land.sailing art

Variations introduced by the wind & the sea over Strohl's Heraldischer Atlas

it was used by Lenin to inspect the Red Army, engaged to launch the offensive against Gen. Kolčak which led to the Samara victory. The chassis of the yacht was made out of a car obtained by requisition from Lady Sansroues, fled to France during the first days of the insurrection. The sentence written in Cyrillic on the sail means ‘for the Soviet Union!’. According to the evidence collected in Siberia during the second half of the Thirties by the Political Commissar for the Ice, it seems that Lenin himself loved driving and hauling the sheet, whistling the nice tune ‘The drunken sailor’ (other people added that the lyrics of the song was changed into ‘The drunken Georgian’). Since January 1924 we have lost all trace of this yacht: Stalin, together with a variety of other things, did not love sailing in a particular manner.
built around 1786 according to an original plan by Giuseppe Antonio Guarnieri known as ‘del Gesù’, it was made of deal, while the bottom of the hull was made of maple, which gave it a lower tone. For about half a century we do not know anything about it, until it appears again in Nevada, used by a carillon manufacturer of Bohemian origin, who seemed to be devoted to occultism. According to the tale, Mojmìr Vyšebrod went out only during windy nights and he did not do anything to drive the yacht. Actually, it seems that it was enough to write a violin composition on the sail parchment to make the arched boom move following the score. Some Shoshoni Indians claimed they often saw a red devil in the desert which zigzagged letting out a terrible sound, but the ethnologists of the time did not believe them. Mojmìr Vyšebrod spent his last days in the sanatorium in Reno, suffering from violent migraines and delirium tremens.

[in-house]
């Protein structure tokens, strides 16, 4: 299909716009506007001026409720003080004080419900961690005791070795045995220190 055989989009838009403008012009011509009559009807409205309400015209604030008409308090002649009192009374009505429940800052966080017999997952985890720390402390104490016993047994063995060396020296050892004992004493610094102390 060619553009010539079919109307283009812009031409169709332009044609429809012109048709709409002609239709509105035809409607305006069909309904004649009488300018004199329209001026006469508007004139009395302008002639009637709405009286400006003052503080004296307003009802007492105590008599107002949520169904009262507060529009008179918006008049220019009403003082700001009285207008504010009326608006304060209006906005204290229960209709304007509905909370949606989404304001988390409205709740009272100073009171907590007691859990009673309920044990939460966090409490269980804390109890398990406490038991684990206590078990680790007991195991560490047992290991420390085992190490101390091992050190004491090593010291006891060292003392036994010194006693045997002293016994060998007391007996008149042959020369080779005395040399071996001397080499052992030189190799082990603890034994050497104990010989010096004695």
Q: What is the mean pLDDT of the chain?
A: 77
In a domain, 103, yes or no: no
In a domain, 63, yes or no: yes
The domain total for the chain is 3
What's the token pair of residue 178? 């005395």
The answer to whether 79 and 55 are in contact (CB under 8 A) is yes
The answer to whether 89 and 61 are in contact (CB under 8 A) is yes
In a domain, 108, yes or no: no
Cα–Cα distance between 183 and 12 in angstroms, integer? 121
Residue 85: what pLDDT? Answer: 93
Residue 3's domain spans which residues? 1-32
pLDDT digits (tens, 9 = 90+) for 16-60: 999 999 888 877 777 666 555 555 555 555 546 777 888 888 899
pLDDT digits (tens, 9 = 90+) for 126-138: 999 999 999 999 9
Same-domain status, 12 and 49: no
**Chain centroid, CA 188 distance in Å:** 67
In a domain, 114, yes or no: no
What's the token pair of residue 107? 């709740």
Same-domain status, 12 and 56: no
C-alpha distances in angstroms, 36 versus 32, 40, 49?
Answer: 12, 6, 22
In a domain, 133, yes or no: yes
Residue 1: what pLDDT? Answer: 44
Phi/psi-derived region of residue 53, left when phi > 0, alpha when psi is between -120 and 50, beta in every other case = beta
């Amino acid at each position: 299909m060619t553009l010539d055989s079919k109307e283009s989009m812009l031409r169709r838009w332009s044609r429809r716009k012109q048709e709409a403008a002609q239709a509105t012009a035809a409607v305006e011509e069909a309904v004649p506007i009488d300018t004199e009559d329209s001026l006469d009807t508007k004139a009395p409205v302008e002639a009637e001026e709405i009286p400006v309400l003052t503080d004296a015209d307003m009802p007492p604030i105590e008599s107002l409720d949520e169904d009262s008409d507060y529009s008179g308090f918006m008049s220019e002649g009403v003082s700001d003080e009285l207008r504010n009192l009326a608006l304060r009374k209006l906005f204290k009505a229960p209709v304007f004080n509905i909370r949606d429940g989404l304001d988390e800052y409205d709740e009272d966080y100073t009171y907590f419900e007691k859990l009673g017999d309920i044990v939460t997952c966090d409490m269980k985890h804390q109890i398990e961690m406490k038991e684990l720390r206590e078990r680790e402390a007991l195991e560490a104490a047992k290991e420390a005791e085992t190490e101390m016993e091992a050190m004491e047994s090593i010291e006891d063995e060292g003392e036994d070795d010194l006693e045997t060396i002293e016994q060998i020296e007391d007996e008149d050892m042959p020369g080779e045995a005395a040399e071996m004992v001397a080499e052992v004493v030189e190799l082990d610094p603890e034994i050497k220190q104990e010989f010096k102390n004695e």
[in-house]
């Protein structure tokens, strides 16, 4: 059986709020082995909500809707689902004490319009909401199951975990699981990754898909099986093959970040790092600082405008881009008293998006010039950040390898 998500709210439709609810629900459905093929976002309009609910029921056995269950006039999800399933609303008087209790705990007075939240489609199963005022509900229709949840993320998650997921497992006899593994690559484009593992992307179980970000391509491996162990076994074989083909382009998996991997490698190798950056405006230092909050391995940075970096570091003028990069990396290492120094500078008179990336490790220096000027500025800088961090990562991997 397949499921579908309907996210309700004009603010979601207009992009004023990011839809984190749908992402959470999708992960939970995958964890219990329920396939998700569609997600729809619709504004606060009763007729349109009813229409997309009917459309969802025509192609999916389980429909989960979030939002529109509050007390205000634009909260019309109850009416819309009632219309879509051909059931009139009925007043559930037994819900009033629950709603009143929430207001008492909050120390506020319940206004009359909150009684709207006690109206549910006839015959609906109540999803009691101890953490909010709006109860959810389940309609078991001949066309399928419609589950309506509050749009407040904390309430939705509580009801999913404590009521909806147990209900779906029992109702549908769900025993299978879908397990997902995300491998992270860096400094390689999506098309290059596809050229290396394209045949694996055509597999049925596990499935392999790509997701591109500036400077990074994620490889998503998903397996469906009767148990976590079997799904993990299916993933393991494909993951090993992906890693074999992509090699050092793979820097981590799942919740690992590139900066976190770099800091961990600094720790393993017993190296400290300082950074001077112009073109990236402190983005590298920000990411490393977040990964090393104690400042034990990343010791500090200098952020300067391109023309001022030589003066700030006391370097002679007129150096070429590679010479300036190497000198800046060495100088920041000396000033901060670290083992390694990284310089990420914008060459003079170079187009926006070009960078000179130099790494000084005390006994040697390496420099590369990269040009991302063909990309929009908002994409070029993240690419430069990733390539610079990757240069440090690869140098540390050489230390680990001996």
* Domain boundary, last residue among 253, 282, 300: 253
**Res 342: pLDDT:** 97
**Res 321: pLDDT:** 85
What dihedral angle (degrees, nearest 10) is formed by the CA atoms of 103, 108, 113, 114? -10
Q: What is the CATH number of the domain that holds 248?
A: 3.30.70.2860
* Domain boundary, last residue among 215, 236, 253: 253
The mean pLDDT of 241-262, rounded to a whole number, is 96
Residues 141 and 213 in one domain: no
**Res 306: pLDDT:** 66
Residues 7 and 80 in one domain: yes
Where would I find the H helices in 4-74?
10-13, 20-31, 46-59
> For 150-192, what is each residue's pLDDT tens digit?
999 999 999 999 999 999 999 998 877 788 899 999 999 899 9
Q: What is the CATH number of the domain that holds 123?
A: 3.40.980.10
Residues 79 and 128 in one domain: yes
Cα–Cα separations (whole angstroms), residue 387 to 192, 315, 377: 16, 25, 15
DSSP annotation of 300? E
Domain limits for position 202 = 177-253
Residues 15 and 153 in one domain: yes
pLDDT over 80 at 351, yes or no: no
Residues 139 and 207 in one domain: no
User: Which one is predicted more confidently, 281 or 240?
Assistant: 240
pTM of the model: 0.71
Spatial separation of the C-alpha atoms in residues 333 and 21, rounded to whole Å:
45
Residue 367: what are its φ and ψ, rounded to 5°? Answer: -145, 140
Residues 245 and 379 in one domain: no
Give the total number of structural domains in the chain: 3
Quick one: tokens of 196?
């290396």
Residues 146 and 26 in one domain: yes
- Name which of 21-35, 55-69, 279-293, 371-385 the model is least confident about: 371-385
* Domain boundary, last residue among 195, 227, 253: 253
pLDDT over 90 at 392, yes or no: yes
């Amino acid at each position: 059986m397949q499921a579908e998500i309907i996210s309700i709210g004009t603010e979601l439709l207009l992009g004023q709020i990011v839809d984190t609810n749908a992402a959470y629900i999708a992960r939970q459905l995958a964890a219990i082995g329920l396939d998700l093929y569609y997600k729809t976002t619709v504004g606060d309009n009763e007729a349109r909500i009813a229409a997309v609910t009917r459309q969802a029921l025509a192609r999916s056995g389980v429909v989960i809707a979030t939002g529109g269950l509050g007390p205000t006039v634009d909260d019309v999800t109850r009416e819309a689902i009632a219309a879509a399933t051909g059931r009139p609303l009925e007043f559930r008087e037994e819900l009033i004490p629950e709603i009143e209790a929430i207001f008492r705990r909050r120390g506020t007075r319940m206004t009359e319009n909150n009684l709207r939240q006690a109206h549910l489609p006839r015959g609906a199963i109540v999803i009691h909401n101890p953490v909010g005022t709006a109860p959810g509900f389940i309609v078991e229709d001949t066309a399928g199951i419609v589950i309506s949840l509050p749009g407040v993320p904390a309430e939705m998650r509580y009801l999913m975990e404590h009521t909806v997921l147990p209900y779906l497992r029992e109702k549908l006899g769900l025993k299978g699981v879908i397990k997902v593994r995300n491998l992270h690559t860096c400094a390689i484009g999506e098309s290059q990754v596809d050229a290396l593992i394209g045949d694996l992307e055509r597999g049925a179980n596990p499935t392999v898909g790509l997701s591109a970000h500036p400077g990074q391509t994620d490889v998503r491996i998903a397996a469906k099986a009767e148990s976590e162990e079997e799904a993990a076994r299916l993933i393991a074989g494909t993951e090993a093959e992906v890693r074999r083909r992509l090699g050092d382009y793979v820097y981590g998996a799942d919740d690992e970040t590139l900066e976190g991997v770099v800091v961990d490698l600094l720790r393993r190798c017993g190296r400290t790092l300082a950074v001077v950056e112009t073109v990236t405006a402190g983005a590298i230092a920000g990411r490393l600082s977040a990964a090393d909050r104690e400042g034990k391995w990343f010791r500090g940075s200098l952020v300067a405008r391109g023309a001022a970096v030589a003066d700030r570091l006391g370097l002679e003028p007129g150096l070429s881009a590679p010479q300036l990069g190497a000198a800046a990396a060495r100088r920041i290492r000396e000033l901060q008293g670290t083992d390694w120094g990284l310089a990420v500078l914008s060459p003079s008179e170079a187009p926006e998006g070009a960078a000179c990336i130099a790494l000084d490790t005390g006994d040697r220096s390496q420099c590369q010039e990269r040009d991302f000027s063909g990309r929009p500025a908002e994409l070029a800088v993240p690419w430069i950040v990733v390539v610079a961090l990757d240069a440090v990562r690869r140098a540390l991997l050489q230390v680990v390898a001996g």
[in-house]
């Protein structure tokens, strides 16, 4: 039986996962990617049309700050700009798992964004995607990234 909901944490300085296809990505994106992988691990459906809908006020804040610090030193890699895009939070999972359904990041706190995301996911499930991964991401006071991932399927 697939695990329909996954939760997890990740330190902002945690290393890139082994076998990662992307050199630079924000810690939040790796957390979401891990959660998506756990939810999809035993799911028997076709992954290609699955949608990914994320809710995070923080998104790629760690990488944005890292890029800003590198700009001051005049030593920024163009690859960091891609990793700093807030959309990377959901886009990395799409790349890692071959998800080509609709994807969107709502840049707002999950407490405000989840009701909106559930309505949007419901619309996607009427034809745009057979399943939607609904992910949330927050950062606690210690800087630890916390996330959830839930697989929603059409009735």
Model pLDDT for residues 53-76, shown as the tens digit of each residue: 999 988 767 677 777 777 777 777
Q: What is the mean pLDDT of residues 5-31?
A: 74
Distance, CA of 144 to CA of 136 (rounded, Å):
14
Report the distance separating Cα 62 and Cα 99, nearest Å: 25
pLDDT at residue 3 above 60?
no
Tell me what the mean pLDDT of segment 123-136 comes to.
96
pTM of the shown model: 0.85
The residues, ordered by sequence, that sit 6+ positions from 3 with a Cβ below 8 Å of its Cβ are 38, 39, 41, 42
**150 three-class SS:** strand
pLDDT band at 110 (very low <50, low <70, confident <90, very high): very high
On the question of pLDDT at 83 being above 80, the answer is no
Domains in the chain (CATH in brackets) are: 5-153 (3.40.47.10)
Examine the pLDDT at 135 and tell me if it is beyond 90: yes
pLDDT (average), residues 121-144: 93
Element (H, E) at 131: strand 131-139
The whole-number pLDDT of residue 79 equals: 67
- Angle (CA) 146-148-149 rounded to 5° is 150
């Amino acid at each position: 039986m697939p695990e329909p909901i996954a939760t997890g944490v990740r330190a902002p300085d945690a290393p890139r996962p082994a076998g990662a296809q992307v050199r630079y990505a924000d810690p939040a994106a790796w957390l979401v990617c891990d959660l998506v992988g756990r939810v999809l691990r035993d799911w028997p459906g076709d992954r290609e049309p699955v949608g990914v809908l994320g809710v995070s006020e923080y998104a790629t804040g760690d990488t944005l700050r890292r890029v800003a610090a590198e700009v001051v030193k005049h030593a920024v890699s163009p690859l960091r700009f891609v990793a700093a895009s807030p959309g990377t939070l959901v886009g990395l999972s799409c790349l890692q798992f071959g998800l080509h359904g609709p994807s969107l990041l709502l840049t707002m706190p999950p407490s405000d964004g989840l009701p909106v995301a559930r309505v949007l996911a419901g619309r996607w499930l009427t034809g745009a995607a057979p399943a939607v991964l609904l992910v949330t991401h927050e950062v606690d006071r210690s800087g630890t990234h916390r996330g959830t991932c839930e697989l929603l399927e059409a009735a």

in the spring, 1903 the calendar of the first Championship of Floral Wind was announced to the press. The regattas took place on the shores of Belgium, France and Holland: they broadly met with the public’s approval and saw a wide presence of competitors coming from all Europe. The show aroused the Americans’ interest too, who turned up in April 1907 with a landyacht which had a sail about 319 metres high, surmounted by huge metal gargoyles placed on the four cardinal points. The promoters refused their enrolment: the landyacht drew away from the spirit of the age and kept the sun off.

On the whole, the yacht turned out to be safe and reliable. There was only a problem due to the fact that the mast easily collapsed because of the heavy number-bearer ornament made of forged iron.

Translated by Barbara  Bandini

Yacht models